One of the very best writers working in UK TV in the 60s and 70s in my view was Brian Clemens (recently awarded an OBE for services to drama, it turns out.) Even as a young kid I grew to recognise his name on the credits of TV shows like The Avengers and its reboot The New Avengers and ‘proper grown up drama’ The Professionals which he created. He’s done a writing stint on just about every ITC crime show from the period that I can remember, and his presence was always the hallmark of rock-solid writing and the best of plot ideas.
Somehow I’d missed the fact that he was behind a drama anthology show called Thriller that ran from 1973 until 1976, which is a bit odd since it’s probably the thing that most people will now remember him for. I can only assume that I was too young for it, and that my parents didn’t watch it either, so it never entered my consciousness like many programmes of that era managed to do. Hence I’d never come across it until a writer I follow on Twitter started tweeting about watching the boxset recently. After a few weeks, I was hooked and had to get the DVDs for myself – 43 hour-plus episodes over 16 discs.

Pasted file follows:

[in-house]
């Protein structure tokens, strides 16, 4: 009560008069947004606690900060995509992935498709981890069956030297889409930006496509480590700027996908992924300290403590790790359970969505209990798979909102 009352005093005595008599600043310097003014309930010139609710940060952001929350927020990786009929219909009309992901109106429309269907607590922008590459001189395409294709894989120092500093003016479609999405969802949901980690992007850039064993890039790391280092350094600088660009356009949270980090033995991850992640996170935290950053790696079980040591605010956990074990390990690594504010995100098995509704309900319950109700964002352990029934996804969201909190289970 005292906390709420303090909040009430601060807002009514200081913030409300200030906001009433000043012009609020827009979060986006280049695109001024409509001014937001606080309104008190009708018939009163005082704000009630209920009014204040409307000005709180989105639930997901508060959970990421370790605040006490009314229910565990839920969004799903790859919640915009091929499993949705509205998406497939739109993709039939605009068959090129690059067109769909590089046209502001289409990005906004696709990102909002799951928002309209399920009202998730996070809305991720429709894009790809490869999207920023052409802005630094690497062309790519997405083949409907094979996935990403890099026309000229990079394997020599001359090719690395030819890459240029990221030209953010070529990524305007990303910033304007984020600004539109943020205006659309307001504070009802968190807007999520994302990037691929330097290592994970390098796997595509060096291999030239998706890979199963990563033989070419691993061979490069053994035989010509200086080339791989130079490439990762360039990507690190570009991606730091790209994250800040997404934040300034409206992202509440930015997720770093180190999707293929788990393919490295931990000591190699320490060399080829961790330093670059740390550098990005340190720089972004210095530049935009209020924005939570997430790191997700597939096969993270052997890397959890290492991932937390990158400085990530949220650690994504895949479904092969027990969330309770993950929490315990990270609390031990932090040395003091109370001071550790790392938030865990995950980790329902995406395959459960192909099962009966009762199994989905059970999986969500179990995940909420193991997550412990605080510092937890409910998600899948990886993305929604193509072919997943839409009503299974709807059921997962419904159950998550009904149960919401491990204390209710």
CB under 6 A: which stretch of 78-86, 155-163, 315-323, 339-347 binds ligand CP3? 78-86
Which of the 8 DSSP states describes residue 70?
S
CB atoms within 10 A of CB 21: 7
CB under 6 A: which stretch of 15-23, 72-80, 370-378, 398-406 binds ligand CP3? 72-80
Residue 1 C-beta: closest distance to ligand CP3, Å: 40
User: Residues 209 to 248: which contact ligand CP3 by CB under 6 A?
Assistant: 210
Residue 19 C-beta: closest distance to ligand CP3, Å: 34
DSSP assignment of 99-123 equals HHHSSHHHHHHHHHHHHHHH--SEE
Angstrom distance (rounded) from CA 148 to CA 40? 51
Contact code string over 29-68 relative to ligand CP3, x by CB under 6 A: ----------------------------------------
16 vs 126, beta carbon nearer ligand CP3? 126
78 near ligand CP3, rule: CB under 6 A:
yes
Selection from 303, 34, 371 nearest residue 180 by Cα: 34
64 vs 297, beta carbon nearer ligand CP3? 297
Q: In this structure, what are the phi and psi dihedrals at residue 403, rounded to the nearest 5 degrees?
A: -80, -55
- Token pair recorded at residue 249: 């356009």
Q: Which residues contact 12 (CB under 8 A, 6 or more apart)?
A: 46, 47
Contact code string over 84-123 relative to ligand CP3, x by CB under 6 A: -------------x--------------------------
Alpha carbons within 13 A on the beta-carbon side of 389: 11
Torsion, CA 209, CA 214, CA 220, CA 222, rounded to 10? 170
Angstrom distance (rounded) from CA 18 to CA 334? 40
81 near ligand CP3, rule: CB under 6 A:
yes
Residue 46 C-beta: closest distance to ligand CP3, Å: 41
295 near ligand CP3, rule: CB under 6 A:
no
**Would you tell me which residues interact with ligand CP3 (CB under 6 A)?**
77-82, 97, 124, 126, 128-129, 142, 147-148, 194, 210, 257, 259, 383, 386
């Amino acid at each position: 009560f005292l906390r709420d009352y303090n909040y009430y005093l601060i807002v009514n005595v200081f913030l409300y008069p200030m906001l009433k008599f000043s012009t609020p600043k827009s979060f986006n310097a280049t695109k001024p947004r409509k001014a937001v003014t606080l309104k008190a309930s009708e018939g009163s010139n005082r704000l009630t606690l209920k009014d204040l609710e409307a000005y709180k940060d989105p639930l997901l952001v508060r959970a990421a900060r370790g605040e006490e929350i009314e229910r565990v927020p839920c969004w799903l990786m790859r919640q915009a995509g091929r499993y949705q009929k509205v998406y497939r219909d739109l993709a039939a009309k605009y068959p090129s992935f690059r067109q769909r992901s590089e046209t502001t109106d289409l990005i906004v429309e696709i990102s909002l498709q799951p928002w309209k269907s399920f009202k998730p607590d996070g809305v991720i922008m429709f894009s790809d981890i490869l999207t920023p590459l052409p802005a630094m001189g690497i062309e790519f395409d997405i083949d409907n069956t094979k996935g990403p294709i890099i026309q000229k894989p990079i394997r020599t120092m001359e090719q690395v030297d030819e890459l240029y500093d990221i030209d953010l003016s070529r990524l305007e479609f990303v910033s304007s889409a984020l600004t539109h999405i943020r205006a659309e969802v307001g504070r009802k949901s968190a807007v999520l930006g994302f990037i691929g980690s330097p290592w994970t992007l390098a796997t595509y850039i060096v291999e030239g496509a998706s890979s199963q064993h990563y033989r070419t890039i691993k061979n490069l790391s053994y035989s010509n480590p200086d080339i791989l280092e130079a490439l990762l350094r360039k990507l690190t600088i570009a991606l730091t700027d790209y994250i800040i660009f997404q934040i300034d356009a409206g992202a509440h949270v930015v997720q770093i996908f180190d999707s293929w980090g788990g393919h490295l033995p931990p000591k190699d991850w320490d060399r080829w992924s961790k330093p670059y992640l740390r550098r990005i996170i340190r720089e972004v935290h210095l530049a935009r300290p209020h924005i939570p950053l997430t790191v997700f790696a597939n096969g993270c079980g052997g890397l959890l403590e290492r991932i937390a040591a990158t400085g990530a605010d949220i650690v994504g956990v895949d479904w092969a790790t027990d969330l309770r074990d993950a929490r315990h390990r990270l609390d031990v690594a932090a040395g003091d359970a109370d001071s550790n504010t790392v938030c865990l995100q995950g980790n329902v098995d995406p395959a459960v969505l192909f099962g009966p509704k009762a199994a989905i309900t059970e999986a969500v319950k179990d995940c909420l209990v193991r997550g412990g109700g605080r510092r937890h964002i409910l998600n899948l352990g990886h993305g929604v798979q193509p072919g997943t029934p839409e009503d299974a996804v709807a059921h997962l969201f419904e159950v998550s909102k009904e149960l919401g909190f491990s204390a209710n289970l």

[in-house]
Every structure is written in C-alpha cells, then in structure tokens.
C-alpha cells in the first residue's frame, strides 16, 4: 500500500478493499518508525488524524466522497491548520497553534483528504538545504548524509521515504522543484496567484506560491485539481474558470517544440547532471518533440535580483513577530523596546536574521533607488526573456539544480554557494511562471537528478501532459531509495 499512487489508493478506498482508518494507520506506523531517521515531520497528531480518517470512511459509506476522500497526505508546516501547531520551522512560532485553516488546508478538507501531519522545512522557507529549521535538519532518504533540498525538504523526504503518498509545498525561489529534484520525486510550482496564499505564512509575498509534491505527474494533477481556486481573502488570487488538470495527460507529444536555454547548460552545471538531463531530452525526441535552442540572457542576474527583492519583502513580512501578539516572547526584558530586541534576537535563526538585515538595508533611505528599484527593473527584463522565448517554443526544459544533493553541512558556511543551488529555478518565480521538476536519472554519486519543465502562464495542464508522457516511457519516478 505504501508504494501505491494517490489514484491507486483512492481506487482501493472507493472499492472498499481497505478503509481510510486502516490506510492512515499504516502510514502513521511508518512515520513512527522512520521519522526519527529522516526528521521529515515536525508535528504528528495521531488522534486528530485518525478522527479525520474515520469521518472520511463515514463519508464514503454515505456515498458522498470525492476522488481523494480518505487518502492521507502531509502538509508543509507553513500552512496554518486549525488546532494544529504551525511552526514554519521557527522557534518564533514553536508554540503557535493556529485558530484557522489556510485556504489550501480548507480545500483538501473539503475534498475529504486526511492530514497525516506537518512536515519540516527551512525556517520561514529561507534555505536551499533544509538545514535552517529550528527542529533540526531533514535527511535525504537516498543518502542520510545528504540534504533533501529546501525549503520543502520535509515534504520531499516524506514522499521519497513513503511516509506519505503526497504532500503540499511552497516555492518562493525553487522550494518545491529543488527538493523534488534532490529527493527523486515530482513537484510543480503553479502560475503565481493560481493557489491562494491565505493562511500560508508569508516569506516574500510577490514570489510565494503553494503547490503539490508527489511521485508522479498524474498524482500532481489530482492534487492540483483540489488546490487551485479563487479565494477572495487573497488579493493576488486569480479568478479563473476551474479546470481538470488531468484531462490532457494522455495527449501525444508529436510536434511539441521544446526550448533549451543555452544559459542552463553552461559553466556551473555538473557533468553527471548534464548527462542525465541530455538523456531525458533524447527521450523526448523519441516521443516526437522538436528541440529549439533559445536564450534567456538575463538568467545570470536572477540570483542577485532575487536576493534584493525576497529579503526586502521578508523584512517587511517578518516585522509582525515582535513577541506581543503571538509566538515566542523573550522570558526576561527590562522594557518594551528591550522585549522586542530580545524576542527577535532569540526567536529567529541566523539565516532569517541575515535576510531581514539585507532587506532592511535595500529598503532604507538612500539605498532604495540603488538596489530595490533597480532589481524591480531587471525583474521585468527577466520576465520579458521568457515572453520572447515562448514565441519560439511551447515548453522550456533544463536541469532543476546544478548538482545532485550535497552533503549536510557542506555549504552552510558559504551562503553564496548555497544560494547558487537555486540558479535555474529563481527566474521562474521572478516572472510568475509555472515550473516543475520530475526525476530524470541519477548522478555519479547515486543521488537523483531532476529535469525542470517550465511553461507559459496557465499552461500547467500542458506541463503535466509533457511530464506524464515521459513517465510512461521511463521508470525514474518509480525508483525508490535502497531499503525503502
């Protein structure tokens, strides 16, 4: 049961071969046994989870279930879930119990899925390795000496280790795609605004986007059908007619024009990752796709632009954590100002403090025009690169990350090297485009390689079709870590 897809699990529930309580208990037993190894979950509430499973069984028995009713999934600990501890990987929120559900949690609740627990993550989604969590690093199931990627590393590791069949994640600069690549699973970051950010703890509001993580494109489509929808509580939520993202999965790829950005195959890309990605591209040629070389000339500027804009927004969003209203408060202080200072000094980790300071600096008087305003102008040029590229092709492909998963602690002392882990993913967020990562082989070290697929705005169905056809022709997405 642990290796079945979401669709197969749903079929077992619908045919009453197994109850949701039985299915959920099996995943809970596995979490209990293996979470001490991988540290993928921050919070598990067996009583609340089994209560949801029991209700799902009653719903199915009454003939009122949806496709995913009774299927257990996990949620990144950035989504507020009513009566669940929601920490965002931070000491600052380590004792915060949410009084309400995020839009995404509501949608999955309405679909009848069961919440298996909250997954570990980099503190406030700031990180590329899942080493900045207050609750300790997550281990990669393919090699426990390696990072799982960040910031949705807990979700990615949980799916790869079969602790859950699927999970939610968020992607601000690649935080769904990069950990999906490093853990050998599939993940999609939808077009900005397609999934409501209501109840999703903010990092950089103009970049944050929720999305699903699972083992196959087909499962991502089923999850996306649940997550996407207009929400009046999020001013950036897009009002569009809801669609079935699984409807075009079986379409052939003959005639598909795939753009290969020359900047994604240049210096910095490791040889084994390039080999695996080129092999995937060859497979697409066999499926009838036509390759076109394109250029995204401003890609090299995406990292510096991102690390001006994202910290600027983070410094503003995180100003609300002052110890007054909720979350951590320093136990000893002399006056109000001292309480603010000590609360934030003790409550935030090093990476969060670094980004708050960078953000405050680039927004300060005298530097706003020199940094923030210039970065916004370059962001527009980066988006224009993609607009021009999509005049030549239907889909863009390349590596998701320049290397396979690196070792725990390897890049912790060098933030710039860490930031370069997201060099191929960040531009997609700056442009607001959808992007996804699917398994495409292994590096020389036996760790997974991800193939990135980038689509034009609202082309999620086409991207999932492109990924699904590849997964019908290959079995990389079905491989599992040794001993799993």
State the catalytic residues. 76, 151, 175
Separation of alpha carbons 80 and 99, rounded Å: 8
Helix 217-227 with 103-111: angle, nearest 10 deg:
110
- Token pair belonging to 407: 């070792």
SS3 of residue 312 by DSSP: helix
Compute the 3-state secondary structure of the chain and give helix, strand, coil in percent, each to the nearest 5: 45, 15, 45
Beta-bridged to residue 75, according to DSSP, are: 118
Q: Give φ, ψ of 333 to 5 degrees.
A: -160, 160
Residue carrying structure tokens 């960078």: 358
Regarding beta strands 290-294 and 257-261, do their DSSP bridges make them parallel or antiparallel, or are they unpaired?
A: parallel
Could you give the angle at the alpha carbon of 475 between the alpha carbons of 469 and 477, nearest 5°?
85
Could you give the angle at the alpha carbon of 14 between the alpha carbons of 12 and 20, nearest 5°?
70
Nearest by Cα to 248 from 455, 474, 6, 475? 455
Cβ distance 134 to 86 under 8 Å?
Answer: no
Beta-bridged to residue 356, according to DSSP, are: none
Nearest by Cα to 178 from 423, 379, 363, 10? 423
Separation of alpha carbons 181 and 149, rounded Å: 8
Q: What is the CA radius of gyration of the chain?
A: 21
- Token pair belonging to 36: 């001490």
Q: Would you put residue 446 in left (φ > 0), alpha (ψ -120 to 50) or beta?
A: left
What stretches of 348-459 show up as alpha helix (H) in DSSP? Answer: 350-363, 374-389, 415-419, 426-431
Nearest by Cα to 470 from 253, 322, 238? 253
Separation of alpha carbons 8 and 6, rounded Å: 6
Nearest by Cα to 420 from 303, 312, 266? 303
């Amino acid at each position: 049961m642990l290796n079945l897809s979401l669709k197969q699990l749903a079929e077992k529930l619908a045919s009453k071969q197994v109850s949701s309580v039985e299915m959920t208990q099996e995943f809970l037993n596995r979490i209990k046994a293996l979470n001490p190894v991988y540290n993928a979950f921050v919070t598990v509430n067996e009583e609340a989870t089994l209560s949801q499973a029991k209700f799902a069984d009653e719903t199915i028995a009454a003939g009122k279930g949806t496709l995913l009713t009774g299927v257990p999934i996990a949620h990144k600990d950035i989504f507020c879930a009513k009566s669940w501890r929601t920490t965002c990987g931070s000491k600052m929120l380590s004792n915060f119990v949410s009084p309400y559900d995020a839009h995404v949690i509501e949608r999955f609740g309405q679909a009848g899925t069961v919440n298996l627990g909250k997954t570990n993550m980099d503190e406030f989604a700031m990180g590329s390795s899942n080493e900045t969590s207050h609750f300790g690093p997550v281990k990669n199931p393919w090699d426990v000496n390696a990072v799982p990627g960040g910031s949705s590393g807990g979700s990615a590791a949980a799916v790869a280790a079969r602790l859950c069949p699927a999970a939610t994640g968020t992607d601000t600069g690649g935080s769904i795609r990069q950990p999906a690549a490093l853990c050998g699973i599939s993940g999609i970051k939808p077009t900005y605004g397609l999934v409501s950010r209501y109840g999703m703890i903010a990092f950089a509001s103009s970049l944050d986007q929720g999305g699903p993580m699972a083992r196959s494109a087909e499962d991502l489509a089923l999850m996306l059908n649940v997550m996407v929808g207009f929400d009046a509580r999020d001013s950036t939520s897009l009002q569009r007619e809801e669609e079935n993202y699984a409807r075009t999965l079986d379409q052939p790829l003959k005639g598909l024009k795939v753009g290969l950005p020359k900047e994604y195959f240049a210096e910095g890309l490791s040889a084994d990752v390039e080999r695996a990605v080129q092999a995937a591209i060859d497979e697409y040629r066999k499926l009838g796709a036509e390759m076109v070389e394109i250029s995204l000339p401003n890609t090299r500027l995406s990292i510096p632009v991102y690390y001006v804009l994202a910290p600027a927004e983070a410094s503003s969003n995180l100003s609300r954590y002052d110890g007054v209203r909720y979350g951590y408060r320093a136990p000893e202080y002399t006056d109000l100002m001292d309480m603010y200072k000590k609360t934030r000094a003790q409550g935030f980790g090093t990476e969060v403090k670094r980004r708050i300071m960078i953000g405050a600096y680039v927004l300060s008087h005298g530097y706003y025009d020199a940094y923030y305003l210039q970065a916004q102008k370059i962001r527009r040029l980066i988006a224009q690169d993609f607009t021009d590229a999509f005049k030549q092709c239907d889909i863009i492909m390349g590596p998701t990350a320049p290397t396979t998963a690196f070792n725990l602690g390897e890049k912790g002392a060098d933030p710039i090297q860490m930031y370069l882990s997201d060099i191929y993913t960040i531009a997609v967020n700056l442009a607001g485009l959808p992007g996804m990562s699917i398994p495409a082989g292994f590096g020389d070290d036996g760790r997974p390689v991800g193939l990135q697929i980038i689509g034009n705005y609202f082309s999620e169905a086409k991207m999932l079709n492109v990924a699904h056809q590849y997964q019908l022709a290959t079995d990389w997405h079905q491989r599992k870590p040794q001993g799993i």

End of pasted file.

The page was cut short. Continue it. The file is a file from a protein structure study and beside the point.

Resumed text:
I watched the first episode first (that might sound like an oxymoron, but since I skip ahead to two later stories after this, it’s still a point worth making.) That’s an episode called “Lady Killer” in the UK but revised to the rather obvious “The Death Policy” in the US – the entire show was made with a view for resale to American TV and as a result an American actor or at least character is included in every episode, even if the series as a whole is set firmly in the cosy southern counties of England. Outside of the week’s token American(s), the cast is routinely filled with the type of actor who was a familiar sight from just about every show being made, even if (especially if) they weren’t quite so much star names at the time or since.